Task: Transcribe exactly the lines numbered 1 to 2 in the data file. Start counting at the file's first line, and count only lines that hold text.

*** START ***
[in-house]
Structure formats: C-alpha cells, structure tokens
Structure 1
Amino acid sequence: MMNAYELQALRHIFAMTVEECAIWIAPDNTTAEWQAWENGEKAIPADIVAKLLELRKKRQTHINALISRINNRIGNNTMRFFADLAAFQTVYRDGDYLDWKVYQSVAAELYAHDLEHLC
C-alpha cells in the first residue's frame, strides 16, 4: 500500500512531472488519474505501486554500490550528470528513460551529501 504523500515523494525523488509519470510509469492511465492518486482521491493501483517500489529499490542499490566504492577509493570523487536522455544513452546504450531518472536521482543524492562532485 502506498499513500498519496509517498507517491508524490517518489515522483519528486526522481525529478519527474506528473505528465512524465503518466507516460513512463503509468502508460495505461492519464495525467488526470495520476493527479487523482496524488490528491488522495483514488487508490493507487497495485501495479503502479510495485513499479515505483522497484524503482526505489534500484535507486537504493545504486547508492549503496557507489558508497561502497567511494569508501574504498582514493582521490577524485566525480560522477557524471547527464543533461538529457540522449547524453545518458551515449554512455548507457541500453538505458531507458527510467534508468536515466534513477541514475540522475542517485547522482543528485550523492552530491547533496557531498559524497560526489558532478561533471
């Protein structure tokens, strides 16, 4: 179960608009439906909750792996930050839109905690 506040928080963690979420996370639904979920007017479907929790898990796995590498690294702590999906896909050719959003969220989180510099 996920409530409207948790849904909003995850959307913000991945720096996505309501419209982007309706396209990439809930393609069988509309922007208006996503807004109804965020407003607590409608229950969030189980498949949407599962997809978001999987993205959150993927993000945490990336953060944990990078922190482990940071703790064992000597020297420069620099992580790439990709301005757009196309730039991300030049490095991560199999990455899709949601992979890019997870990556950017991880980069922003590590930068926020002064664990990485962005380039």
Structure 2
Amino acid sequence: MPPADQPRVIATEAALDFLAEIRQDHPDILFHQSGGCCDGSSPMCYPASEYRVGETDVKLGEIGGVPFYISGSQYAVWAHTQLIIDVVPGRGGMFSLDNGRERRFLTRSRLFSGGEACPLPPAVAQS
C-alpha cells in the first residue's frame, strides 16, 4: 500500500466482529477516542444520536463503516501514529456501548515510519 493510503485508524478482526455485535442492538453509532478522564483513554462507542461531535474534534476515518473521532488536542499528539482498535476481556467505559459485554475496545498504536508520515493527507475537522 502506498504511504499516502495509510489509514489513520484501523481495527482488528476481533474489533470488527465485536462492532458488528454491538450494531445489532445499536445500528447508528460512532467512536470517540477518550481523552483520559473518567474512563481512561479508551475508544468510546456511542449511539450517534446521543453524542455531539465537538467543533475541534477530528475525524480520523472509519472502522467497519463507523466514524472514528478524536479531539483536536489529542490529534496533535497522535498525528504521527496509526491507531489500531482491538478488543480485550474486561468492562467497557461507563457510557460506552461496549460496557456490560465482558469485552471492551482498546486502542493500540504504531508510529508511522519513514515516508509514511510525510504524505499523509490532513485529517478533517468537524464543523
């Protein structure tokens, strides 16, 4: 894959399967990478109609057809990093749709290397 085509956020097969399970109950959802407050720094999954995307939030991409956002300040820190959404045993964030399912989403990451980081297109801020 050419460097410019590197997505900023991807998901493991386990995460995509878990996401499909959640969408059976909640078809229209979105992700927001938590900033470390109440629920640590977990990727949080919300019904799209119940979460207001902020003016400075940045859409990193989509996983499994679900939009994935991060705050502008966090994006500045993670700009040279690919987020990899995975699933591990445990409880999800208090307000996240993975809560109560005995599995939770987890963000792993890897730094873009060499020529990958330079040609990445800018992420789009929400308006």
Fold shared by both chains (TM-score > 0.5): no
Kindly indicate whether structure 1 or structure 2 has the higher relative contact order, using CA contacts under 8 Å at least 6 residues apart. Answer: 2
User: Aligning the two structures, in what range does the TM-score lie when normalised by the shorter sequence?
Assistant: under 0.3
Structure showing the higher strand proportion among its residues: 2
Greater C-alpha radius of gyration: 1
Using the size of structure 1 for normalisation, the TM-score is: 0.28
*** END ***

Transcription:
[in-house]
Structure formats: C-alpha cells, structure tokens